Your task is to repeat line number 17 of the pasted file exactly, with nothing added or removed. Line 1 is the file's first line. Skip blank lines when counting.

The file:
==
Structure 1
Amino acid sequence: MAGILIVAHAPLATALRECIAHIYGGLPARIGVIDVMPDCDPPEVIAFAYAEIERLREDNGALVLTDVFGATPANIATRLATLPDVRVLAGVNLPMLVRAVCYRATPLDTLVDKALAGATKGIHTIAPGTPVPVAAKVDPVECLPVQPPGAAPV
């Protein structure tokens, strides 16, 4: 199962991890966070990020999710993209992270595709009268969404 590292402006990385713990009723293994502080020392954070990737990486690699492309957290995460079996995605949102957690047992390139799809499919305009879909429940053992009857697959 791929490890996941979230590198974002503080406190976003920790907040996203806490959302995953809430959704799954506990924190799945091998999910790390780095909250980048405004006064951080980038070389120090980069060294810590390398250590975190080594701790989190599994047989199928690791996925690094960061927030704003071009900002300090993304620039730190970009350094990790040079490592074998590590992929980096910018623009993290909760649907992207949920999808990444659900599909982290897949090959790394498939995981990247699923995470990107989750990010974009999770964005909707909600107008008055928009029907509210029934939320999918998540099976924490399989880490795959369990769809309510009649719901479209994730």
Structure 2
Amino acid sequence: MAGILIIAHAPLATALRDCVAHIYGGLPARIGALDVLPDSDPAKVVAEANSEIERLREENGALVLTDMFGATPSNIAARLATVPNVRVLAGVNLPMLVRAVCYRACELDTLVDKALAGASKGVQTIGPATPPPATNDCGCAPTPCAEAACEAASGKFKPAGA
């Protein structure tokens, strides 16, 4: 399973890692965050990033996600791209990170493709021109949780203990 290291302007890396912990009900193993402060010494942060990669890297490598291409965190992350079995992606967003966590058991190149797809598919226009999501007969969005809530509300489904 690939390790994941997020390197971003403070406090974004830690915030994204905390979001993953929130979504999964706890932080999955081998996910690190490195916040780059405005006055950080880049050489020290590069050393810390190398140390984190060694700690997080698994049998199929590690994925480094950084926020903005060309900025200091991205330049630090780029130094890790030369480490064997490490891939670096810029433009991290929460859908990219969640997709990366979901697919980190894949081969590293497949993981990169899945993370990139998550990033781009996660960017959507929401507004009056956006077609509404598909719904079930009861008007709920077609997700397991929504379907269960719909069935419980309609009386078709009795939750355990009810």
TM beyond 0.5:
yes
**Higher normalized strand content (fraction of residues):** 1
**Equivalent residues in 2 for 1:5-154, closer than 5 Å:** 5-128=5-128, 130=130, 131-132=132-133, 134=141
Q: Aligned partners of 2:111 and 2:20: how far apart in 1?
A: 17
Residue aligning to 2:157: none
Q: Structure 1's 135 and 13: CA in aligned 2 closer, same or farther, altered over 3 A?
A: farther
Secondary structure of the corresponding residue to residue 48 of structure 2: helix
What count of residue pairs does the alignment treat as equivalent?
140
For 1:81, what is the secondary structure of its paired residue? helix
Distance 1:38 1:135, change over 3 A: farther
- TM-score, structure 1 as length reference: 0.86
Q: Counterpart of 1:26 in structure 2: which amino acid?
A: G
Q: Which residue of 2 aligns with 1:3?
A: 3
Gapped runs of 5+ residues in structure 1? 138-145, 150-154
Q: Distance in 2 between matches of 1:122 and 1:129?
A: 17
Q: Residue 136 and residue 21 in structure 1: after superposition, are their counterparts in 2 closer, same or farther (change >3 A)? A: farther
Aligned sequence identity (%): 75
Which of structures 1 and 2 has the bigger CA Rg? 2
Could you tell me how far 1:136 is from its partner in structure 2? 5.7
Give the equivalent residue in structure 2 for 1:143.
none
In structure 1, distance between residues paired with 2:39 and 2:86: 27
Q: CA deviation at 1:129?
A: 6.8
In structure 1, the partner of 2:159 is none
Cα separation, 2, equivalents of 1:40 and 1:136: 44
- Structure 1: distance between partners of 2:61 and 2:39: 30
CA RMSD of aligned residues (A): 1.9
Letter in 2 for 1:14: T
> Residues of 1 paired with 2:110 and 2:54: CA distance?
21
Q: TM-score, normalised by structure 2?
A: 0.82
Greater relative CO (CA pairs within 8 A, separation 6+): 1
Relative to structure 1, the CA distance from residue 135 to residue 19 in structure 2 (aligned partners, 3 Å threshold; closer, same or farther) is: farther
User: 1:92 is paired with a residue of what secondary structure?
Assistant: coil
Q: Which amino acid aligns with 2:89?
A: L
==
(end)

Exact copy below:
What count of residue pairs does the alignment treat as equivalent?